Force of Nature

Local farmers are increasingly employing a technique to improve food from the ground up
Words By Alexandra Hall
Photos By Lauryn Hottinger

It’s no secret that growing phenomenal veggies starts with healthy soil. And for that—and for keeping carbon out of the atmosphere—farmers like Rose Avenia of Bar Harbor Farm have a secret weapon: cover crops.

“We’re keeping more and more of our soil covered with as many living plants as possible,” explains Rose. “Doing that increases organic matter because they die and become food for the microbes, and those help trap carbon in the soil.”

The team at Bar Harbor Farm uses living plants as cover crops, boosting the microbial complexity of its soil. The farm produces more than 60 varieties of organic vegetables for MDI’s community.

It also increases the soil’s biodiversity, making it more resilient and able to withstand erosion. And all of that, says Rose, “creates better conditions for plants, and then healthier animals and people who eat it.”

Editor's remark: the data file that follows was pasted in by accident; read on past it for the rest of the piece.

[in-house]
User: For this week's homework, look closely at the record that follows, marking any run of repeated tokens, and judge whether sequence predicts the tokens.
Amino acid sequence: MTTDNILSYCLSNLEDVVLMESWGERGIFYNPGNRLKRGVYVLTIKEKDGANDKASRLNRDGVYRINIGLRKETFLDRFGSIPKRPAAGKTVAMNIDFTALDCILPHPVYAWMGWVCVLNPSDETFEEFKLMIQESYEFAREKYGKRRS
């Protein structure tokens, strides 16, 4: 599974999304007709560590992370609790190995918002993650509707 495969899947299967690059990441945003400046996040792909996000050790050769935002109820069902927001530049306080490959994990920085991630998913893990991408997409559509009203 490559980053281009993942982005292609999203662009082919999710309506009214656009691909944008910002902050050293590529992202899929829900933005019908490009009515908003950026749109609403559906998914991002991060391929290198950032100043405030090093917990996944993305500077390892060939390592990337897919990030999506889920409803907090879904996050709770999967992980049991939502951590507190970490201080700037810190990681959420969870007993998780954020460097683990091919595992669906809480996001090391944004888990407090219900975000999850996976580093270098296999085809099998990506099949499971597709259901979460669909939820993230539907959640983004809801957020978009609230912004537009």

The results of that win-win scenario are as bountiful as they are delicious—Bar Harbor Farm’s vegetables range from sweet peas and fat cukes to crunchy Chinese cabbage. Learn more about their farm shares at, or order up dishes spotlighting their veggies at local restaurants like the Asticou Inn and Jordan Pond House.

Find an easy recipe for Pressed Chinese Cabbage Salad at

Pressed Chinese Cabbage Salad

Adapted from Mary Estella’s Natural Foods Cookbook
Makes 2–3 servings

½ Chinese cabbage, thinly sliced
2 medium to large carrots, grated
½ cup toasted sunflower seeds

Onion-Dill Dressing

3 tablespoons grated onion (1 small onion)
2 tablespoons vinegar (rice vinegar is best)
2 tablespoons sesame or olive oil
¼ cup chopped fresh dill and/or parsley
½ teaspoon salt

Place cabbage and carrots in a mixing bowl. Mix Onion-Dill Dressing ingredients. Pour over cabbage mixture and toss.

Place a plate that fits inside the bowl on top of cabbage, and put a weight (like a heavy jar) on the plate to press salad and leave for 30 minutes to 1 hour. The longer the cabbage is pressed, the softer and sweeter it will become. Stir in the toasted sunflower seeds and toss again before serving.

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